Twists and Turns: Exploring the places that inspired Oliver Twist

£12 per person

Duration: Approximately 90 minutes

Sunday 28th August - 11am
Sunday 25th September - 11am

Please arrive 10 minutes early, as the tours depart the museum at 11am promptly. 

In partnership with Ben's City Tours

Suitable for those 12 years and over.

This walk begins at the Charles Dickens Museum and ends outside The Old Bailey

Book your tickets here

For more information please email or telephone 020 7405 2127

Oliver Twist asks the workhouse master for more!

As a young up and coming writer, Charles Dickens spent many hours wandering the streets of London, observing all he saw and experienced while drawing inspiration from the colourful places and people he encountered. 

In 1837, Dickens moved here, to 48 Doughty Street and it was while living in this house that he wrote perhaps his most famous work of all, Oliver Twist!

On this walk we follow in Dickens’s footsteps as he wandered the streets near his home, seeing places and hearing about people and events that inspired him to write Oliver Twist.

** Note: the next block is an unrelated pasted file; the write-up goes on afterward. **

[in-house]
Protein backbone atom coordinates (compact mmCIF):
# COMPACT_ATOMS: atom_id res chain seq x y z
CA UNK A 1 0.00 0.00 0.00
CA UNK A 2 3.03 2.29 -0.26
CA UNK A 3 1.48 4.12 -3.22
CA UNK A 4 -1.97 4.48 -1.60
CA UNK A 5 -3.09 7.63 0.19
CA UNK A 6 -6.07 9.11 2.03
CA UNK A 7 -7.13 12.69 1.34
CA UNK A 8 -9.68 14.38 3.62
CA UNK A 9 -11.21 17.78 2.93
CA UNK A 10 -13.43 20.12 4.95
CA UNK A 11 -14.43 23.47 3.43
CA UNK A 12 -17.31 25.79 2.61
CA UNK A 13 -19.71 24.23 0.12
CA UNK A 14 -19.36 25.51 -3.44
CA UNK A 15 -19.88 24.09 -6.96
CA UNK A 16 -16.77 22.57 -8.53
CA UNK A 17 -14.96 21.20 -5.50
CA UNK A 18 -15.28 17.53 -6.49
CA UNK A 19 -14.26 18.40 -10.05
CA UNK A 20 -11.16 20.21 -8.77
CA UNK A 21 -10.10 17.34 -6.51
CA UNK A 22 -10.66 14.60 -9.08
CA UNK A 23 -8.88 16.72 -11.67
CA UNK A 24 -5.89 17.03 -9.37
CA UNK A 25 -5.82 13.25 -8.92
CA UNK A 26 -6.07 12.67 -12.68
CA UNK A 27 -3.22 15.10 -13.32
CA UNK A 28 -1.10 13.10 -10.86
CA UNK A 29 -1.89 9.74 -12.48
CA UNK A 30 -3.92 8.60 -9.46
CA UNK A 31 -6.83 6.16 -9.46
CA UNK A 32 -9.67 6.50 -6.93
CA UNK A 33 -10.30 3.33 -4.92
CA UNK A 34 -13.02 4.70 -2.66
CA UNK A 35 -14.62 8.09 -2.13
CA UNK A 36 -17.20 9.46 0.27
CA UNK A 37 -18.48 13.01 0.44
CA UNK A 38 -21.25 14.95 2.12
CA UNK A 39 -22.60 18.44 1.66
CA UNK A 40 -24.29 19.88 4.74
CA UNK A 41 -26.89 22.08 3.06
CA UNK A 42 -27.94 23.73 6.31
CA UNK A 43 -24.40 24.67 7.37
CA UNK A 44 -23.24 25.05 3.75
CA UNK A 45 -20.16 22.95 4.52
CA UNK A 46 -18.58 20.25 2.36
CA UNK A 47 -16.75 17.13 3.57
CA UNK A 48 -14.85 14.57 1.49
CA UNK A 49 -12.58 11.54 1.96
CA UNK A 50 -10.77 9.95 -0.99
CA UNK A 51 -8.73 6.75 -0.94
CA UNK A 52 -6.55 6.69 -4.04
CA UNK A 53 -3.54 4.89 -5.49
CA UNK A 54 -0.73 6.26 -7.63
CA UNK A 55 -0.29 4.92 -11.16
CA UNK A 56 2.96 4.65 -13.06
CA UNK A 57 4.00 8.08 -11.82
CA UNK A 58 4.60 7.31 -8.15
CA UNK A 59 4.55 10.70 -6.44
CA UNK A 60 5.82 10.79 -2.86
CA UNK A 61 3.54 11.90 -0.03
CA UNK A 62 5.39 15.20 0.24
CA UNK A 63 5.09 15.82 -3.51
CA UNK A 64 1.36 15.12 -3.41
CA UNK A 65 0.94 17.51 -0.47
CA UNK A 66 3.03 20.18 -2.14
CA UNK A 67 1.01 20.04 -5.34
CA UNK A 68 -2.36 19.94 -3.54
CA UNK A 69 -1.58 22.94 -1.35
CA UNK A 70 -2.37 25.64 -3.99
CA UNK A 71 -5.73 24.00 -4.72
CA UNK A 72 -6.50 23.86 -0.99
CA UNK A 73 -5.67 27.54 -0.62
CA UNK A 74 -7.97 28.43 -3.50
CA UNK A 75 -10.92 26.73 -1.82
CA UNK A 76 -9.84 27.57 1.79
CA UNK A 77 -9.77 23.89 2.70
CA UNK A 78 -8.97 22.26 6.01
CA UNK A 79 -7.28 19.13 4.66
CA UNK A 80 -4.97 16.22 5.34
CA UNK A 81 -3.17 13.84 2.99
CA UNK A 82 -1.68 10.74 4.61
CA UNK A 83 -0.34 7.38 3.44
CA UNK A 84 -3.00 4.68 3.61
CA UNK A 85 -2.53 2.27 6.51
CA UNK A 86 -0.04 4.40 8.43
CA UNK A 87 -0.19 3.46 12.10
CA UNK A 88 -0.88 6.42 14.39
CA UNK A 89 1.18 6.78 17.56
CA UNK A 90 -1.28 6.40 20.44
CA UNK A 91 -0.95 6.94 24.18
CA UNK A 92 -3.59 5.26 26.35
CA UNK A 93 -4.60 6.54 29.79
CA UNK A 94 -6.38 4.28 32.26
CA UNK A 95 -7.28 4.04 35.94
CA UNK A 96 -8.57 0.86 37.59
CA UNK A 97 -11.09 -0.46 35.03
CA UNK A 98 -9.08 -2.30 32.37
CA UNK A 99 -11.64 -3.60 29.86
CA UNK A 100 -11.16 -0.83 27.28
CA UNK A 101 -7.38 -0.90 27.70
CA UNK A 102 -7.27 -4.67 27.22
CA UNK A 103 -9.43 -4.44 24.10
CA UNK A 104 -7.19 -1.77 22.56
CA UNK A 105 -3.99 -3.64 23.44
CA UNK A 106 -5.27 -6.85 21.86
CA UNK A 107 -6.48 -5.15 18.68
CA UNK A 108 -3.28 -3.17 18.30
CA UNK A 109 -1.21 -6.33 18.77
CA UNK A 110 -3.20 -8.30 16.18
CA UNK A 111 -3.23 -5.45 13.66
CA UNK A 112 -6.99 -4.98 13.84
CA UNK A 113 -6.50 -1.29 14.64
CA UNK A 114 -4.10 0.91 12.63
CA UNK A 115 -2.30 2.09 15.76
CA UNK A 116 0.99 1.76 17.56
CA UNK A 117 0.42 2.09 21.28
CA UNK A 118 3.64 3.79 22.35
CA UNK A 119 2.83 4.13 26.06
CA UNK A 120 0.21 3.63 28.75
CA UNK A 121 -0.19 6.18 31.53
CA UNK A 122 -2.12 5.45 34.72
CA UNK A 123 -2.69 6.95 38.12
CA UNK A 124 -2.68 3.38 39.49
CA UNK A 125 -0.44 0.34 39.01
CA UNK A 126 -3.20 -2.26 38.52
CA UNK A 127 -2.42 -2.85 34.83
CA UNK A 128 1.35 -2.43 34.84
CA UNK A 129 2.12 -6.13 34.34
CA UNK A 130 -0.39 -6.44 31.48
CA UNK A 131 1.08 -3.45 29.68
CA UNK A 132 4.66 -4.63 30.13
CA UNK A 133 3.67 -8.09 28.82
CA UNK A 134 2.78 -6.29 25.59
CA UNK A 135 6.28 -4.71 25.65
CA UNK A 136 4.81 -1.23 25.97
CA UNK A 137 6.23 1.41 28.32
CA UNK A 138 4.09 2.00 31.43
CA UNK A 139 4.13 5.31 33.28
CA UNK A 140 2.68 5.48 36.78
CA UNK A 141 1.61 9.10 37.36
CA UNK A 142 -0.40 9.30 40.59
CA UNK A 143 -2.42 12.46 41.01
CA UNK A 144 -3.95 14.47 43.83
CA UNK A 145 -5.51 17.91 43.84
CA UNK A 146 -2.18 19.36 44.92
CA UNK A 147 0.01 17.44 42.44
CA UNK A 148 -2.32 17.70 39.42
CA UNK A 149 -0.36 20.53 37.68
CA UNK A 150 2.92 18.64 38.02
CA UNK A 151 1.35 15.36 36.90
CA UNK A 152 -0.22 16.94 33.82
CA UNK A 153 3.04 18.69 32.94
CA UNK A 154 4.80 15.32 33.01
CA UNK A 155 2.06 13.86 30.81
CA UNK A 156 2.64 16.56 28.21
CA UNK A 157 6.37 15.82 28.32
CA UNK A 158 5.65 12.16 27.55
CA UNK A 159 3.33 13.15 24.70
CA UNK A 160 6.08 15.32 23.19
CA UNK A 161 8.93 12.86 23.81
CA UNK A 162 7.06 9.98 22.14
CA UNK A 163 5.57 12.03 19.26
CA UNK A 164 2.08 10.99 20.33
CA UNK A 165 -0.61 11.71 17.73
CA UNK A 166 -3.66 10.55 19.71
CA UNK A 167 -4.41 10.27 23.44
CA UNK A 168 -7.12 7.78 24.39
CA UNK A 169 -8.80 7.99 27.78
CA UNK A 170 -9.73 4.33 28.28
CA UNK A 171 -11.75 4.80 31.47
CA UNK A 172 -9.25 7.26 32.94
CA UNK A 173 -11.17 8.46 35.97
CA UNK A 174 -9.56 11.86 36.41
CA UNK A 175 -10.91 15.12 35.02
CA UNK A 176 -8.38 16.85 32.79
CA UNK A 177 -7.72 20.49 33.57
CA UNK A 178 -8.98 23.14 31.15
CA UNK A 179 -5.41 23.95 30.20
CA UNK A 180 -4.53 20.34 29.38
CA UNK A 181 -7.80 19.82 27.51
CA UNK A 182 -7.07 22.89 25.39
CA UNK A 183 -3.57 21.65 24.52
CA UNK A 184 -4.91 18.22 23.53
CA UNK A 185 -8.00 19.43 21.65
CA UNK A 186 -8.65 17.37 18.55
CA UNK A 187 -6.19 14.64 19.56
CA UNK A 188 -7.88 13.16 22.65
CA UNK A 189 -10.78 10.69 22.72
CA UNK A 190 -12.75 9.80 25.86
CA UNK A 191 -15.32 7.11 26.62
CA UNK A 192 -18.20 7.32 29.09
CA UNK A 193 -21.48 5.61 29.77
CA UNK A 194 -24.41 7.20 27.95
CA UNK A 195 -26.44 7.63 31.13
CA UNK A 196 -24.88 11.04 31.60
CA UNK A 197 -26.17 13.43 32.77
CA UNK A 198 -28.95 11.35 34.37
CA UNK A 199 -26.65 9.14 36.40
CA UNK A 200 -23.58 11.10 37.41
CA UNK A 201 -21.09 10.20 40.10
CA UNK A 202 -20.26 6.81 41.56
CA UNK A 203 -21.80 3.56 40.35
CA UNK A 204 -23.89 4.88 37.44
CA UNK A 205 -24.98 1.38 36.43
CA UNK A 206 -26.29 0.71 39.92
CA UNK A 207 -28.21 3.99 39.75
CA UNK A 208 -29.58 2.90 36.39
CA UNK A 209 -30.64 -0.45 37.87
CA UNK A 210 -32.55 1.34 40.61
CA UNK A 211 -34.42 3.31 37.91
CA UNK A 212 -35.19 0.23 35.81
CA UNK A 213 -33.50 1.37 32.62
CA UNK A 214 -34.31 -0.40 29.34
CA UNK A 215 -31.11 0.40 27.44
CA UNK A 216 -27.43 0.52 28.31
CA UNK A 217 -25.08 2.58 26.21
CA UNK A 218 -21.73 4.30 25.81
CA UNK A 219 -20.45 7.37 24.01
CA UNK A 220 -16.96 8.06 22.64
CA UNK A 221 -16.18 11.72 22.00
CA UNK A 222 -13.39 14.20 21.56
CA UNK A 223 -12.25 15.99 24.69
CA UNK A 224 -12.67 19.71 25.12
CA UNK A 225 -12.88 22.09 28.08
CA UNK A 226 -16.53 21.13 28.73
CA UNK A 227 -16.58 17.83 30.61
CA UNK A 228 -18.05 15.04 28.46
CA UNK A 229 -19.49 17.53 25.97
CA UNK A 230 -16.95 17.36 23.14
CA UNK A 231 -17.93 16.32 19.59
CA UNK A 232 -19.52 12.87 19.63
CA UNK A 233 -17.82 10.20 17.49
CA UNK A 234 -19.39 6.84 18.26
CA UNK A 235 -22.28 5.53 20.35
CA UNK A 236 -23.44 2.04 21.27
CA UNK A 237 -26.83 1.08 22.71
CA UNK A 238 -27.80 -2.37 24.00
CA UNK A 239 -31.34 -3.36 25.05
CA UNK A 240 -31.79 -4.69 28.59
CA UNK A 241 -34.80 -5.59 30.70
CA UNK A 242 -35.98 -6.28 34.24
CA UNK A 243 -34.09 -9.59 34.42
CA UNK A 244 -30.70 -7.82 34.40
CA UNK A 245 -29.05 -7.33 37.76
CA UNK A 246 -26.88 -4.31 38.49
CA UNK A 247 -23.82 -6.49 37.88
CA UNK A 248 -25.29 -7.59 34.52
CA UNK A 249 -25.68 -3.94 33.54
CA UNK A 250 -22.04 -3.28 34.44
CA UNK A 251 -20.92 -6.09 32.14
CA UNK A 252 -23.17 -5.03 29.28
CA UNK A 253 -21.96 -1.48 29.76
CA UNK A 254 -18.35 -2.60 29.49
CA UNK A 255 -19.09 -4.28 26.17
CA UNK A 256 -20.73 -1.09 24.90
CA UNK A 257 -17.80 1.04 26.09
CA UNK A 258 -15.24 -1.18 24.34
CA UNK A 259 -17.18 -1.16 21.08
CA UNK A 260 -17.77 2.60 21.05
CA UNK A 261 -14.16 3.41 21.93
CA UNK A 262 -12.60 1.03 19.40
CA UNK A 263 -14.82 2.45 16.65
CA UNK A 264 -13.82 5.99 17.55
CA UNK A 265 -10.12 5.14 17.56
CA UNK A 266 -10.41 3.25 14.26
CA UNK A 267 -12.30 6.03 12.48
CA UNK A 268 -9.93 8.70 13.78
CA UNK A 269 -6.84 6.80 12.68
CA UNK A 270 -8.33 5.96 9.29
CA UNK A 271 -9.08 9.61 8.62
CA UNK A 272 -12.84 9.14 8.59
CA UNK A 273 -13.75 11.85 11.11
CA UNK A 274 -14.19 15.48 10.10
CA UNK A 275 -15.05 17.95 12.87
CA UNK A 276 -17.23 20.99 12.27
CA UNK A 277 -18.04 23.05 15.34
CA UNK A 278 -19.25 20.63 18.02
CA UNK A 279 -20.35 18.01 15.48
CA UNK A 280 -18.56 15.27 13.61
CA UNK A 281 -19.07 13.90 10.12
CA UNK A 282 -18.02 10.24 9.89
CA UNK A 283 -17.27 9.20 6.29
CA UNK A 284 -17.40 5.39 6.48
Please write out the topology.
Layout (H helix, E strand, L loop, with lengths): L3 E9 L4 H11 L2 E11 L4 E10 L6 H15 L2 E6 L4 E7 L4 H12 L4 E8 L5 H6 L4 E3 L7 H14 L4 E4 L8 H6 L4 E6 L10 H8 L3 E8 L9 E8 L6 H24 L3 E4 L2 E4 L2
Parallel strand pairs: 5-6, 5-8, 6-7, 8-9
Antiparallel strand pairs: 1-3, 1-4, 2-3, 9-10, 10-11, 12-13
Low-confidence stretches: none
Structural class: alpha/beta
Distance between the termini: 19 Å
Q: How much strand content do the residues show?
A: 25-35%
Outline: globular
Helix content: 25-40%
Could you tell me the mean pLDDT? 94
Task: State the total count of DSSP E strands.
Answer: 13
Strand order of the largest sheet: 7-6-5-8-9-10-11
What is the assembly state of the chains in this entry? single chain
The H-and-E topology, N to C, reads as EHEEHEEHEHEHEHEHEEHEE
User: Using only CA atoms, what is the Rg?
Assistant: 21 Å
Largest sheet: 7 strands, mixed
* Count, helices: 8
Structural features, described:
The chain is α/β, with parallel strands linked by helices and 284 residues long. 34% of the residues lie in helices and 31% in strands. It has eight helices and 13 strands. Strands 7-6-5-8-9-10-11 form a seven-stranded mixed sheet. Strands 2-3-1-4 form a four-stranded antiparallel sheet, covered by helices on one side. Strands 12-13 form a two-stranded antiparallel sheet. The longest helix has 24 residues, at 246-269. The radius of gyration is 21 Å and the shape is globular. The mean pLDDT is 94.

We will explore the area long associated with political protest where Oliver is accused of robbing Mr Brownlow as he browses at a bookstall. We walk the streets which once housed some of the worst slums in London and see where Dickens set Fagin’s den of thieves. Discover London’s criminal underbelly of pickpockets, prostitutes and murderers and see the sites of courts, prisons and executions, all of which Dickens saw and wrote about in Oliver Twist.

We discover how the society and politics of Dickens’s London influenced Oliver Twist and led to Dickens becoming regarded as a great social reformer of Victorian England.

This tour starts at the Charles Dickens Museum


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